Scott Terry is the lead singer and songwriter for Red Wanting Blue.
First things first, I don’t like referring to songwriting as a process. It takes the magic out of it. For me, crafting songs is always different. Some come effortlessly while others come kicking and screaming. I have no special place where I write songs. It can be at any time of day anywhere in the world. My life the past 12 odd years have pretty much been lived on the road, so a lot of my songs have been written while on the road…literally. A lot of my songs come to me while driving. I have zoned out for plenty of ten hour drives and never turned on the radio once. Just running over and over in my head the songs I’m currently working on. I feel like if you give your mind some menial task to manage like driving, washing dishes or mowing the yard, you free up your mind to be more introspective. It allows ideas that wouldn’t come to you on an intentional level come a bit more naturally. Like the frame of mind you’re in when you daydream.
I am an autobiographical writer. I have not yet ventured into total fantasy or fiction in my writing. All of my writing in some way, shape or form is a reflection of my real life. There are two things that I always keep in mind as I write. The first is to remain as honest and as open as I can. If it feels like you’re getting too close or telling too much, you’re probably on to something. Some of my best work, I was too embarrassed to sing to my own band, at first. Ultimately, Mom and Dad are right… at least when it comes to songwriting. Honesty is the best policy.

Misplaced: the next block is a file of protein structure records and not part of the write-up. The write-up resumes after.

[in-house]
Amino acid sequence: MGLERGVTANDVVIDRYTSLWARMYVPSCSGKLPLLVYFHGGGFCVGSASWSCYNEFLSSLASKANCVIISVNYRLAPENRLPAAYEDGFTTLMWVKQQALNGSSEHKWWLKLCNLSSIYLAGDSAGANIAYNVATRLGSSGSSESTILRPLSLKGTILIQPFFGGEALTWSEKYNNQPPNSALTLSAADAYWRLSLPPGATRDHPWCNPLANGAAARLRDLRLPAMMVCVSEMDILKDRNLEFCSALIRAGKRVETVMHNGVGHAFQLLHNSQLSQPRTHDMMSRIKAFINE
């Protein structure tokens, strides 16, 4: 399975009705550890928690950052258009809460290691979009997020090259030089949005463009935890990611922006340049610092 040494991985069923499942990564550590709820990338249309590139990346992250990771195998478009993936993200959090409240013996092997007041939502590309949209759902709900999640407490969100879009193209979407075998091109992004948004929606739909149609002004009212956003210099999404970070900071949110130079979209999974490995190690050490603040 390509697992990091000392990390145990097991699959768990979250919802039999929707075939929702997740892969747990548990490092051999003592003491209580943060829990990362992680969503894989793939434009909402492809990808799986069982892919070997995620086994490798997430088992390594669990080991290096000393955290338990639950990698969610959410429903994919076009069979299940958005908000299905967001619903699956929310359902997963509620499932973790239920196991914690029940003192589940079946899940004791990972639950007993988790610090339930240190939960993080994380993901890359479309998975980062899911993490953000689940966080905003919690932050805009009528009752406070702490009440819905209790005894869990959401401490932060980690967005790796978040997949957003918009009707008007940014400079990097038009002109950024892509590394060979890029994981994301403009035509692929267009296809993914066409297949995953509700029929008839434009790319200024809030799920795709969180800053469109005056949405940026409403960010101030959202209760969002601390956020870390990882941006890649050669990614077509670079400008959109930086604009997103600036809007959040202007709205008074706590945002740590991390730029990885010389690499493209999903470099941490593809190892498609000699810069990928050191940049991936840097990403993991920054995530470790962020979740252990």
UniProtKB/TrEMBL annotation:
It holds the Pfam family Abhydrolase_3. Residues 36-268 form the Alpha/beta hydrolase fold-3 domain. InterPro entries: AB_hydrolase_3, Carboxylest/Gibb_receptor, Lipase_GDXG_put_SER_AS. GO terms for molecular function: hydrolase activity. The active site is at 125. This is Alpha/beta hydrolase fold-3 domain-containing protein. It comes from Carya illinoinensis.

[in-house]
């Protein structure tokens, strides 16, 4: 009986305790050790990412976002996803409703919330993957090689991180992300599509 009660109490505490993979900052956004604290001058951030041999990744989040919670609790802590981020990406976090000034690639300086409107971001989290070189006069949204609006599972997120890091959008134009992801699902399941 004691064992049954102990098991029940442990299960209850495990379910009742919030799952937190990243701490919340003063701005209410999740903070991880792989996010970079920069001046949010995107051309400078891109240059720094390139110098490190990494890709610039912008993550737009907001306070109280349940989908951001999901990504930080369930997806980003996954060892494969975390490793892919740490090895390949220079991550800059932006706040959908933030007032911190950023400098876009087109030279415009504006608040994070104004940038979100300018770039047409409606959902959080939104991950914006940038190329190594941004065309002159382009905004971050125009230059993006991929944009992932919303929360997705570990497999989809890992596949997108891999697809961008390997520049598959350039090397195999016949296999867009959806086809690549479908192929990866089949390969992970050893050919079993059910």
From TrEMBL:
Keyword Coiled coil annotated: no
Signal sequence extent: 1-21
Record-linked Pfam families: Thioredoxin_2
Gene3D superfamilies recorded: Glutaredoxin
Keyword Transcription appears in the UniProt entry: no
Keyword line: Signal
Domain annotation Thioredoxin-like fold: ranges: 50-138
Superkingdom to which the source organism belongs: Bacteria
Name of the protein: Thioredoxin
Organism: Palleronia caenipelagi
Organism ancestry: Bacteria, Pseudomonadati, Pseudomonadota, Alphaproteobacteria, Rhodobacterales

The second thing I always try to remember is ”details”. All of life’s major themes have already been written about. Love, Life, Death, Heartache, you-name-it… they’ve all been written about already. Those wheels cannot be reinvented, so your individuality and uniqueness will come out in what type of tread you give to your wheel. That’s where the details come in. It’s what will separate your love song from the next guy’s. The greatest compliment a songwriter can get is,” I’ve heard a lot of love songs in my life, but none have ever struck a chord in me the way yours did.” It’s the details that make people relate. It’s a misconception that you need to make a song broad to appeal to the masses. That usually just makes it generic and boring. I always keep that in mind as I write.
Now my songwriting instrument of choice is my baritone ukulele. If I’m The Lone Ranger, then my uke is my Tonto. It’s very much my sidekick. I wrote the majority of the last 2 albums with it. I write songs quick and dirty, without a lot of bells and whistles. I leave as much unfinished as I can so that the band may come in and help create a world for the song to live in. Sometimes the song keeps its original shape, and other times it takes on a whole new life form. That’s the beauty of collaboration. You end up with something greater than any one person could accomplish on their own. When it’s done right, it is unlike any other feeling. It’s how I imagine witchcraft or catching a ghost would feel like. To bring something alien into this world that never was before, but now… cannot ever be undone. How awesome is that. For me, it is the closest I have ever come to magic.